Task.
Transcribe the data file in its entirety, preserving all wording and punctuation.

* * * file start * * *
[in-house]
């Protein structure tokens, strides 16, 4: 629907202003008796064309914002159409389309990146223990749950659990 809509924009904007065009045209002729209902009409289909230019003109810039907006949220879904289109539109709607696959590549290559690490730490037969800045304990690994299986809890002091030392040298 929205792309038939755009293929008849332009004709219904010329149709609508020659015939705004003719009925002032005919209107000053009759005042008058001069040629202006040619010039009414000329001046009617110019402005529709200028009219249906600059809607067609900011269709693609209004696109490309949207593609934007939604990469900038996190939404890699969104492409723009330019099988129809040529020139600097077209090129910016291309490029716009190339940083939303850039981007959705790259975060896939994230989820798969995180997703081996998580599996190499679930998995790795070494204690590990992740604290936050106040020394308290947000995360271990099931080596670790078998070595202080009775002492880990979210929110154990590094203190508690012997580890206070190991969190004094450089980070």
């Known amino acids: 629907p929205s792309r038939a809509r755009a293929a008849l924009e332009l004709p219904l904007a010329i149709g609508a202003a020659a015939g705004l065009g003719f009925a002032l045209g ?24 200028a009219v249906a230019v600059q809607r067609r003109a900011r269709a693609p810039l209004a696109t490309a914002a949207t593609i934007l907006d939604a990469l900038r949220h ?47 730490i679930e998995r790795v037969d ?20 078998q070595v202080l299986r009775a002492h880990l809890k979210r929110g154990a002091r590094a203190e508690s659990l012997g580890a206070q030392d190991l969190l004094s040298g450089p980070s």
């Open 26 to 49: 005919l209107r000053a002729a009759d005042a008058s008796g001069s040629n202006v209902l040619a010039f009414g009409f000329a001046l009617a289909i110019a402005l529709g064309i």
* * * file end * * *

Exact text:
[in-house]
């Protein structure tokens, strides 16, 4: 629907202003008796064309914002159409389309990146223990749950659990 809509924009904007065009045209002729209902009409289909230019003109810039907006949220879904289109539109709607696959590549290559690490730490037969800045304990690994299986809890002091030392040298 929205792309038939755009293929008849332009004709219904010329149709609508020659015939705004003719009925002032005919209107000053009759005042008058001069040629202006040619010039009414000329001046009617110019402005529709200028009219249906600059809607067609900011269709693609209004696109490309949207593609934007939604990469900038996190939404890699969104492409723009330019099988129809040529020139600097077209090129910016291309490029716009190339940083939303850039981007959705790259975060896939994230989820798969995180997703081996998580599996190499679930998995790795070494204690590990992740604290936050106040020394308290947000995360271990099931080596670790078998070595202080009775002492880990979210929110154990590094203190508690012997580890206070190991969190004094450089980070």
């Known amino acids: 629907p929205s792309r038939a809509r755009a293929a008849l924009e332009l004709p219904l904007a010329i149709g609508a202003a020659a015939g705004l065009g003719f009925a002032l045209g ?24 200028a009219v249906a230019v600059q809607r067609r003109a900011r269709a693609p810039l209004a696109t490309a914002a949207t593609i934007l907006d939604a990469l900038r949220h ?47 730490i679930e998995r790795v037969d ?20 078998q070595v202080l299986r009775a002492h880990l809890k979210r929110g154990a002091r590094a203190e508690s659990l012997g580890a206070q030392d190991l969190l004094s040298g450089p980070s």
């Open 26 to 49: 005919l209107r000053a002729a009759d005042a008058s008796g001069s040629n202006v209902l040619a010039f009414g009409f000329a001046l009617a289909i110019a402005l529709g064309i």